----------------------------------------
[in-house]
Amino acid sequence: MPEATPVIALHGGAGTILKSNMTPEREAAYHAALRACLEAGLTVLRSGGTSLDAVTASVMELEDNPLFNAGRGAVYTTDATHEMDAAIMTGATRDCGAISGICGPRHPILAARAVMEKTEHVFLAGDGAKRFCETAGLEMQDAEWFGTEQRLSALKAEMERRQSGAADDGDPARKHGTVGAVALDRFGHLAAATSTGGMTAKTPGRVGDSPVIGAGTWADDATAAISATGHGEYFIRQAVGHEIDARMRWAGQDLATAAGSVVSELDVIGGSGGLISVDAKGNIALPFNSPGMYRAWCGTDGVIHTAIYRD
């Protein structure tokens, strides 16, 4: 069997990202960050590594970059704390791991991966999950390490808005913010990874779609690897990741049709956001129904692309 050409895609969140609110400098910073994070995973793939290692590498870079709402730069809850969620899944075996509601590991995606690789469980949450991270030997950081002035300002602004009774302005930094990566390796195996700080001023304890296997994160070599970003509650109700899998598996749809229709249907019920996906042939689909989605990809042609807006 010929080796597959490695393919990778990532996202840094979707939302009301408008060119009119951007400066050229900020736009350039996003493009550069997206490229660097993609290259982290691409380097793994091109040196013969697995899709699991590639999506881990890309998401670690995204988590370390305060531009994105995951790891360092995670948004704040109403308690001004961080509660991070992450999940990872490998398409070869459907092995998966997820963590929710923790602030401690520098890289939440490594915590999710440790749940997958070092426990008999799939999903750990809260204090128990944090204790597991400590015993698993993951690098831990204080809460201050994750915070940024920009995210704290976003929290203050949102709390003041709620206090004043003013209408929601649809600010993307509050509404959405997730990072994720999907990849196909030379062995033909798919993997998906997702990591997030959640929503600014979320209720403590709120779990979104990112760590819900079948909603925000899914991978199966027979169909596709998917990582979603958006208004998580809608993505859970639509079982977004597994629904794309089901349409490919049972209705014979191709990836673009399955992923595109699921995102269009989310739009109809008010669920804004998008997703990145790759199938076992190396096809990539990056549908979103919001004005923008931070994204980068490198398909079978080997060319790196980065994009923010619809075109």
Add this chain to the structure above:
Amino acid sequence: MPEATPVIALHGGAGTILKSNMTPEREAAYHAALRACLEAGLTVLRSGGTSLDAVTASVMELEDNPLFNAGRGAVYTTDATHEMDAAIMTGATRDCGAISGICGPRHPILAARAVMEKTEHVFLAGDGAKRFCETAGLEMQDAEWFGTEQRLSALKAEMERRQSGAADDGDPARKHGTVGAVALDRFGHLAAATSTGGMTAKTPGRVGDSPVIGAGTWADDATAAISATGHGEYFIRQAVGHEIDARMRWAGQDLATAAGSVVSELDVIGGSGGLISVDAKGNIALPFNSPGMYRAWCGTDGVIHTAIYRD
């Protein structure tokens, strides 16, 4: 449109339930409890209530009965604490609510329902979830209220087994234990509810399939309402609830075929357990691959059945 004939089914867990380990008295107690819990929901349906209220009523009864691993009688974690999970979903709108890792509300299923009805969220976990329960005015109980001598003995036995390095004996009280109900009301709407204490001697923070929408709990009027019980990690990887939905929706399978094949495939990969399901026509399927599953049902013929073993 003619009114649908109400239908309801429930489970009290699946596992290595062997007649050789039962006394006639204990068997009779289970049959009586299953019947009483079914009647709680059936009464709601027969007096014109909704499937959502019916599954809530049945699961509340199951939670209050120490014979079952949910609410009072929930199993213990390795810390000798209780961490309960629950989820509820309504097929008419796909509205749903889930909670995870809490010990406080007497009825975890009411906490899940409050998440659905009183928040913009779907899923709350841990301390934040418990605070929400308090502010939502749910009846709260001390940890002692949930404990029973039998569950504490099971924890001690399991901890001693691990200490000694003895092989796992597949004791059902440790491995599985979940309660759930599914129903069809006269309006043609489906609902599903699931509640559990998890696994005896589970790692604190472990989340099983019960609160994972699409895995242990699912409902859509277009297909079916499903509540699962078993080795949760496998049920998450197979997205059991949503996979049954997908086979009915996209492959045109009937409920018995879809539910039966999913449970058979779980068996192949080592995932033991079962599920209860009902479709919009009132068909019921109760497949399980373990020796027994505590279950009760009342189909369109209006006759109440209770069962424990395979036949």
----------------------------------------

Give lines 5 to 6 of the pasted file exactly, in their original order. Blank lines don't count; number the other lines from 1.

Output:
Amino acid sequence: MPEATPVIALHGGAGTILKSNMTPEREAAYHAALRACLEAGLTVLRSGGTSLDAVTASVMELEDNPLFNAGRGAVYTTDATHEMDAAIMTGATRDCGAISGICGPRHPILAARAVMEKTEHVFLAGDGAKRFCETAGLEMQDAEWFGTEQRLSALKAEMERRQSGAADDGDPARKHGTVGAVALDRFGHLAAATSTGGMTAKTPGRVGDSPVIGAGTWADDATAAISATGHGEYFIRQAVGHEIDARMRWAGQDLATAAGSVVSELDVIGGSGGLISVDAKGNIALPFNSPGMYRAWCGTDGVIHTAIYRD
């Protein structure tokens, strides 16, 4: 449109339930409890209530009965604490609510329902979830209220087994234990509810399939309402609830075929357990691959059945 004939089914867990380990008295107690819990929901349906209220009523009864691993009688974690999970979903709108890792509300299923009805969220976990329960005015109980001598003995036995390095004996009280109900009301709407204490001697923070929408709990009027019980990690990887939905929706399978094949495939990969399901026509399927599953049902013929073993 003619009114649908109400239908309801429930489970009290699946596992290595062997007649050789039962006394006639204990068997009779289970049959009586299953019947009483079914009647709680059936009464709601027969007096014109909704499937959502019916599954809530049945699961509340199951939670209050120490014979079952949910609410009072929930199993213990390795810390000798209780961490309960629950989820509820309504097929008419796909509205749903889930909670995870809490010990406080007497009825975890009411906490899940409050998440659905009183928040913009779907899923709350841990301390934040418990605070929400308090502010939502749910009846709260001390940890002692949930404990029973039998569950504490099971924890001690399991901890001693691990200490000694003895092989796992597949004791059902440790491995599985979940309660759930599914129903069809006269309006043609489906609902599903699931509640559990998890696994005896589970790692604190472990989340099983019960609160994972699409895995242990699912409902859509277009297909079916499903509540699962078993080795949760496998049920998450197979997205059991949503996979049954997908086979009915996209492959045109009937409920018995879809539910039966999913449970058979779980068996192949080592995932033991079962599920209860009902479709919009009132068909019921109760497949399980373990020796027994505590279950009760009342189909369109209006006759109440209770069962424990395979036949």